As the registrar outlined the legal guidelines I began edging forward on my chair towards HWSNBN. We were already holding hands but any distance between seemed too much especially today. At one point I was practically in his lap. One of my best friends Ros came up to read ‘The Owl and the Pussycat’ one of our favourite poems. For those of you who aren’t familiar with it, and where have you been?, here it is:
The Owl and the Pussycat by Edward Monck
The Owl and the Pussycat went to sea
In a beautiful pea-green boat,
They took some honey, and plenty of money,
Wrapped up in a five pound note.
The Owl looked up to the stars above,
And sang to a small guitar,
“O lovely Pussy! O Pussy, my love,
What a beautiful Pussy you are, you are, you are,
What a beautiful Pussy you are.”
Pussy said to the Owl “You elegant fowl,
How charmingly sweet you sing.
O let us be married, too long we have tarried;
But what shall we do for a ring?”
They sailed away, for a year and a day,
To the land where the Bong-tree grows,
And there in a wood a Piggy-wig stood
With a ring at the end of his nose, his nose, his nose,
With a ring at the end of his nose.
“Dear Pig, are you willing to sell for one shilling your ring?”
Said the Piggy, “I will”
So they took it away, and were married next day
By the Turkey who lives on the hill.
They dined on mince, and slices of quince,
Which they ate with a runcible spoon.
And hand in hand, on the edge of the sand.
They danced by the light of the moon, the moon, the moon,
They danced by the light of the moon.

She had been practising by reading it to her baby and I had to bite my lip to stop from giggling at her clearly enunciated voice, which was so very Ros. Then as she recited the line ‘They danced by the light of the moon.’ she teared up and I started to cry too. I hug attacked Ros afterwards before she made her way back to her seat. I wanted to hug everyone in that room as if the joy I was feeling was too powerful it couldn’t be contained in just my body.

It was tough being up there just the two of us. I could see everybody I loved in the room and I wanted more than anything to talk to them. Traditionally the bride and her family and friends are on the left the groom and his entourage on the right. Symbolically it makes a lot of sense as you say your vows behind you is everybody you love backing you up. But practically it represented a problem, I could perfectly see HWSNBN family in the front row behind me. But I had to twist myself around away from him to see my family behind me. I wish I could have seen them as I said my vows. However, I have the photos and they are magical.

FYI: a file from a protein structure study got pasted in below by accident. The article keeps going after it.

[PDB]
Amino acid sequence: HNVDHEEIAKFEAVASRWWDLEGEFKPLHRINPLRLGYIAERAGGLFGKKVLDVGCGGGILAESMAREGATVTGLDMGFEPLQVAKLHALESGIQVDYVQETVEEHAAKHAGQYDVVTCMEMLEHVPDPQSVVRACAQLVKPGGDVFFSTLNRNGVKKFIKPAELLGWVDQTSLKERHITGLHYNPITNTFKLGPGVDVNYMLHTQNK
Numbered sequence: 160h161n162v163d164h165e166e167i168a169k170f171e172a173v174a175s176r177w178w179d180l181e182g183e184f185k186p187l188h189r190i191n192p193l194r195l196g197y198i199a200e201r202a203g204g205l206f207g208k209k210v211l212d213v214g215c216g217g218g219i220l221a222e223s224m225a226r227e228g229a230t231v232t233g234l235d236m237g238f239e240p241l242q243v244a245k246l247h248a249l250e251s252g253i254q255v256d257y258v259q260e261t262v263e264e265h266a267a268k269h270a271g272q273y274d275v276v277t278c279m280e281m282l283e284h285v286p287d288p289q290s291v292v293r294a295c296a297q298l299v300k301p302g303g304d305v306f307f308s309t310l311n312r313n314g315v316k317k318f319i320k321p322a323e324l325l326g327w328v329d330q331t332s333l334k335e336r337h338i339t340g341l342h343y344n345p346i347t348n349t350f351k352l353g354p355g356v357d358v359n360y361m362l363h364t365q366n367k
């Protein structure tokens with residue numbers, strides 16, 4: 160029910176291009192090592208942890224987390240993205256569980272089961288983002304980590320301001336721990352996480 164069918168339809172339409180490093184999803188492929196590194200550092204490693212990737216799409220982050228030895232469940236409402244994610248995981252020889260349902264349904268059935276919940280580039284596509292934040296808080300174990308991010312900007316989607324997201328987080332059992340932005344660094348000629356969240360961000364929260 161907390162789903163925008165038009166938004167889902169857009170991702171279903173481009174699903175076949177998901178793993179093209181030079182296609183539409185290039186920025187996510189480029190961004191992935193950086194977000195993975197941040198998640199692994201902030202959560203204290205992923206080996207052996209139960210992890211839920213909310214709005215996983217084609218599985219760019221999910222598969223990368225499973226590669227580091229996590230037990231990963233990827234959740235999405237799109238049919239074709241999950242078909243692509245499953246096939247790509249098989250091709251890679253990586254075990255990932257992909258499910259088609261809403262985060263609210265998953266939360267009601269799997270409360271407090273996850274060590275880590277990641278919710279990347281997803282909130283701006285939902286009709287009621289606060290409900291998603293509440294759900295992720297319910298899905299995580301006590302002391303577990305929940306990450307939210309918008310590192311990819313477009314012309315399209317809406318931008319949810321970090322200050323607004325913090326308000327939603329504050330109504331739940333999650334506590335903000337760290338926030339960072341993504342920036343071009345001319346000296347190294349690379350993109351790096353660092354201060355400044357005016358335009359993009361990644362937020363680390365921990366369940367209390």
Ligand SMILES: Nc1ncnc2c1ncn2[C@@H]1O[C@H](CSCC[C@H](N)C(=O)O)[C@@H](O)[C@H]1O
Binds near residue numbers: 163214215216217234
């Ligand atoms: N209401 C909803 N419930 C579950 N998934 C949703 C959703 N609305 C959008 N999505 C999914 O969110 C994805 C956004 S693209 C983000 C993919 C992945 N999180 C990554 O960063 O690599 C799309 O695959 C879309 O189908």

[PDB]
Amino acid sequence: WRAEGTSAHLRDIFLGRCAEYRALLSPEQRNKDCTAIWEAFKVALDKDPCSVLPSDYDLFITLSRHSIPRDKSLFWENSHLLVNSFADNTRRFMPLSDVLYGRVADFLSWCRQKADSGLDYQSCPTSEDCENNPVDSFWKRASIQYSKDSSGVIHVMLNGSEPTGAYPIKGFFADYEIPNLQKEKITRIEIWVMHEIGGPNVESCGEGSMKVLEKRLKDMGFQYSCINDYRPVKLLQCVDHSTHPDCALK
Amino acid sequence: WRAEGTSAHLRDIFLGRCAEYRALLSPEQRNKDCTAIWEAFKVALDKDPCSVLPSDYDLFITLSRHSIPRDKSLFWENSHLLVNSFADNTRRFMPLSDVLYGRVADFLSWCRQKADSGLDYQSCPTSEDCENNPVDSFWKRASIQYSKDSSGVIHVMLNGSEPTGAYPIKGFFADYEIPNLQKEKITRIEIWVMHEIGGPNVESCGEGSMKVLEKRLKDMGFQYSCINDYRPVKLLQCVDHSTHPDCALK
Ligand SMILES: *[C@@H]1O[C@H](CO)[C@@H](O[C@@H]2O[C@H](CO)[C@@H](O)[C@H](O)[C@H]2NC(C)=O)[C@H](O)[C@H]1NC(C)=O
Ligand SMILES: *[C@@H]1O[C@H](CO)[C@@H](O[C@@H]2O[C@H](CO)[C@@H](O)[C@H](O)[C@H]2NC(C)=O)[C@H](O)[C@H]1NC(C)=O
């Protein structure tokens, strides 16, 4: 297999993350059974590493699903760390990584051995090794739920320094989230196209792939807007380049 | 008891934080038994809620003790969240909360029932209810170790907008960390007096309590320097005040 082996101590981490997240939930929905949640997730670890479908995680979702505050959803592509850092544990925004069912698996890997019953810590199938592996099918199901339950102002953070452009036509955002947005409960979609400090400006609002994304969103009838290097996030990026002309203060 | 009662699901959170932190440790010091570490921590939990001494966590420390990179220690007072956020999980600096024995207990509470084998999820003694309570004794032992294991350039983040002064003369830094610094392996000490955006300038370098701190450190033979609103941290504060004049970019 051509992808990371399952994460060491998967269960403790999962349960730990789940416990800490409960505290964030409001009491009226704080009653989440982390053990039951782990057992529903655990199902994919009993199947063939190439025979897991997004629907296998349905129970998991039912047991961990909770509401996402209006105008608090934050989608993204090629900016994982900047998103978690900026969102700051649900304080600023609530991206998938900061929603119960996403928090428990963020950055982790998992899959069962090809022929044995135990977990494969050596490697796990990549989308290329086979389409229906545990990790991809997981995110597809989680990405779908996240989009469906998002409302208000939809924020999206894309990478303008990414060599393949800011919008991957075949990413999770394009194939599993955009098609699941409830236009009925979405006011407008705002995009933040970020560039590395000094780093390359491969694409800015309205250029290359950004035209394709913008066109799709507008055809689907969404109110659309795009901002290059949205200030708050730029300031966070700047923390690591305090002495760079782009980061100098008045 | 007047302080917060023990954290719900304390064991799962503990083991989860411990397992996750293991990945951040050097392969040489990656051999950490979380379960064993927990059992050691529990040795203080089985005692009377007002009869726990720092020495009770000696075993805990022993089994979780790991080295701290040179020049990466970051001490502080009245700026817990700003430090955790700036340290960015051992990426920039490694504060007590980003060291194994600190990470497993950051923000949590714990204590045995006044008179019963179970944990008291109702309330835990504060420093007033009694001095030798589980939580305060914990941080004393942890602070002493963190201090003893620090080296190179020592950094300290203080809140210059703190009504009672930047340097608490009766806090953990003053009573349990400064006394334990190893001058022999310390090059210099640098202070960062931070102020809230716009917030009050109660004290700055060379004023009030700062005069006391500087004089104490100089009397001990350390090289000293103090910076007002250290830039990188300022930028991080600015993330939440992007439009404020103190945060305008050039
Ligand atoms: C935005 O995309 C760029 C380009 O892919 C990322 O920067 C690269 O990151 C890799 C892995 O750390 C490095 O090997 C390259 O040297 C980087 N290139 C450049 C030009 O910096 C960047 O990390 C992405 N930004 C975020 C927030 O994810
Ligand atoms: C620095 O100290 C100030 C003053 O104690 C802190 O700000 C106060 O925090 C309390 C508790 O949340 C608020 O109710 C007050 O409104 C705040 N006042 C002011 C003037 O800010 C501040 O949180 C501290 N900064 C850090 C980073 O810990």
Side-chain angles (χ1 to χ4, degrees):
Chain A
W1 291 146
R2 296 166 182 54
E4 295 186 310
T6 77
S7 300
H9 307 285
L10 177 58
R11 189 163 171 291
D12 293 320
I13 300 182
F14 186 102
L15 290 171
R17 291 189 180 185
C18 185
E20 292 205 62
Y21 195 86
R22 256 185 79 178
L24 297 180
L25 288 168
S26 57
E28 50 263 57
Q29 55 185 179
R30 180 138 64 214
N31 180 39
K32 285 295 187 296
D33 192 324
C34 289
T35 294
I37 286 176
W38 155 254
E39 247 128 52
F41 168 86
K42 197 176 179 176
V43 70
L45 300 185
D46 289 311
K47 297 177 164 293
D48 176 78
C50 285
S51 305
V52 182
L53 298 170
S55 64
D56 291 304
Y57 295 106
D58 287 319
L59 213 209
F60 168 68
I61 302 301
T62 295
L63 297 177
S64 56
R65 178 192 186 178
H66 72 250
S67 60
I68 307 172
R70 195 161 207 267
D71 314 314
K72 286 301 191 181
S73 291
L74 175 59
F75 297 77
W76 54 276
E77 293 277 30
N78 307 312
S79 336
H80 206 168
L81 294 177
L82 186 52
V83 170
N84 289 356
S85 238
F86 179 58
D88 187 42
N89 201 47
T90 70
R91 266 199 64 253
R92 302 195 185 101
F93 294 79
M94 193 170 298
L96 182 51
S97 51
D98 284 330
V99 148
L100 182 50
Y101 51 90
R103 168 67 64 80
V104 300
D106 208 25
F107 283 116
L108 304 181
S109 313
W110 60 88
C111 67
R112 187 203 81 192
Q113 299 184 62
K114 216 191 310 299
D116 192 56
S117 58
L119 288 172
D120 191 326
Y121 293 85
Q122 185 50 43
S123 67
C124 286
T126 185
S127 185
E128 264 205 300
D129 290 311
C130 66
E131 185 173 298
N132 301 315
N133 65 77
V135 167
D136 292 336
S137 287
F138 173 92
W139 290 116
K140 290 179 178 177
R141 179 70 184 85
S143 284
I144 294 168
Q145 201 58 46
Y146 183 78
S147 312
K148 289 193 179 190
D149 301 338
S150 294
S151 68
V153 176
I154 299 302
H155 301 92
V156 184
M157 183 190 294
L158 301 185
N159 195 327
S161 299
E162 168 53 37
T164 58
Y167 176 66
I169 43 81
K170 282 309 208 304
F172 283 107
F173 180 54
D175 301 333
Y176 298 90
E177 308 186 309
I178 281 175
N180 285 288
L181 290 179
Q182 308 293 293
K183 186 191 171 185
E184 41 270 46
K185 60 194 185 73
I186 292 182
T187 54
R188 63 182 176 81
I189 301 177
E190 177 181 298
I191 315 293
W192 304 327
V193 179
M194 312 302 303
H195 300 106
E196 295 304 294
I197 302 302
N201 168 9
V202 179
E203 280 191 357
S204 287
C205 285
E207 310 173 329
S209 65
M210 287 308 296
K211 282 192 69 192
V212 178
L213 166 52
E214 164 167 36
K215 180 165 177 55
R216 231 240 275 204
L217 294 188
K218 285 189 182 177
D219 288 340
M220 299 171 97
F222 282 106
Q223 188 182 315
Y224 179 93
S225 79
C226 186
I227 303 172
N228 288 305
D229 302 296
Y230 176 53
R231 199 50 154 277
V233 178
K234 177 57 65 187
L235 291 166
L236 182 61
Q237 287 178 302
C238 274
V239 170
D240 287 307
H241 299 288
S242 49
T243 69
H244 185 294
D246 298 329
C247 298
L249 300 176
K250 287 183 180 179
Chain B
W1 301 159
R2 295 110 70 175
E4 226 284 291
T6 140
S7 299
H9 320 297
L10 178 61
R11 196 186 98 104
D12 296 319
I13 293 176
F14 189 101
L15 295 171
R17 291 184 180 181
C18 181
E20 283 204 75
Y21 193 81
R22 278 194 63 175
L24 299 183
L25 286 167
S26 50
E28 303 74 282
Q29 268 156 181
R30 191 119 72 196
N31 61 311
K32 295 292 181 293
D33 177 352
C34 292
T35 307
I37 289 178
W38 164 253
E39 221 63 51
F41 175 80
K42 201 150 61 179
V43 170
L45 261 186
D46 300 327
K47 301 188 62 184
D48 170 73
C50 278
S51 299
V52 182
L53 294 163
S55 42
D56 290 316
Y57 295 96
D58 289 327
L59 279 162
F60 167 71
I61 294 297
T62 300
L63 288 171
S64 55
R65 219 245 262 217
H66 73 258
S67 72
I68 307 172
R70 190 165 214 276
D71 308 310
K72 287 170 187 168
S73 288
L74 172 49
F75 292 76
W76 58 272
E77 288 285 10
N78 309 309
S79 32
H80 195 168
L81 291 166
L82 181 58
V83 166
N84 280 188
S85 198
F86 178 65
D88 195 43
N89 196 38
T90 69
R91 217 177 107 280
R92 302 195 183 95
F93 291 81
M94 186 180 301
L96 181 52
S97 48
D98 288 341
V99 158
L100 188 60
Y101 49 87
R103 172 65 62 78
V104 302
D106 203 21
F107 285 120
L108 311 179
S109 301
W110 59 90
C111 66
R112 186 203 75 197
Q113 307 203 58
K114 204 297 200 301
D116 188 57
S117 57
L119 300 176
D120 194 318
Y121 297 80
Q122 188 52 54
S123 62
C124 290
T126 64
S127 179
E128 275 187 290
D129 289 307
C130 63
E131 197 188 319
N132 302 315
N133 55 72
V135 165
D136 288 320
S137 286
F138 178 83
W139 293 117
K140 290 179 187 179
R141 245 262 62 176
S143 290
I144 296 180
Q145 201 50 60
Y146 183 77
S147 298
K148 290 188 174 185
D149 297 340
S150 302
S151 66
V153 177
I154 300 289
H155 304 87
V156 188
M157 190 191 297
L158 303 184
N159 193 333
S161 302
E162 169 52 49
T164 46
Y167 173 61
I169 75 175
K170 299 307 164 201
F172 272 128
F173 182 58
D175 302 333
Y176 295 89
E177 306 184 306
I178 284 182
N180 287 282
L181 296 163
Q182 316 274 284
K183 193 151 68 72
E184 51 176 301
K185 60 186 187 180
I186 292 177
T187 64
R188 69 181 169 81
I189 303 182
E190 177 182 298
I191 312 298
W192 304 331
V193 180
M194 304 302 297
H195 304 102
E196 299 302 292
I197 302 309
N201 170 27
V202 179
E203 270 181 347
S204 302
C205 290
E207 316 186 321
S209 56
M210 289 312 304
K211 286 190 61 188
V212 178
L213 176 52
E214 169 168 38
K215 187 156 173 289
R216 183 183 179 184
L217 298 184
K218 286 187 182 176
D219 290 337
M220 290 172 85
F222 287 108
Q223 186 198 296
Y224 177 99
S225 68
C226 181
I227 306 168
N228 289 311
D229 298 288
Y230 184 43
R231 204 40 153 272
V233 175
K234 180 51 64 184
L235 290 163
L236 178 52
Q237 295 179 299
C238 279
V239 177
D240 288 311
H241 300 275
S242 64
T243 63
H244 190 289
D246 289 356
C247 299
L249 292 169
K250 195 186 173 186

When we had both met separately before the ceremony with the registrar they had quickly run through the order of the ceremony. All we had to do was repeat the words back to them or in the case of our personal vows read them aloud. Simples, right? It was fine throughout the ‘I do solemnly declare’s’ But the registrar read a long paragraph of text. As she was speaking I started to panic, there was no way I could remember and recite all of that back and HWSNBN has an even worse memory than I do. Thank god he was going first. In response HWSNBN said ‘I do? I do!’ and the room erupted into peels of laughter. That will be my enduring memory of our wedding ceremony that it was full of tears and laughter. I laughed so much that my veil almost fell off and the registrar had to interrupt the ceremony to pin it back into place.

Then it was time for our personal vows.
HWSNBN said:
‘Rowan, I will always remember when we first started dating you said you did not see the point in marriage. I stand here today, gladdened that since meeting me you have change your mind.
‘I love you so much that you have become a part of my life and a part of my being. I promise to do everything in my power to look after you and make you happy and look forward to spending the rest of my life with you.’

Everybody laughed at the irony of me originally not believing at the point of marriage. HWSNBN said afterwards he was so nervous as he hates public speaking that initially he was annoyed at the laughter for interrupting before he realised that laughter was good. I had heard his vows before but I could still feel myself begin to tear up as he solemnly recited the words in front of everybody we loved.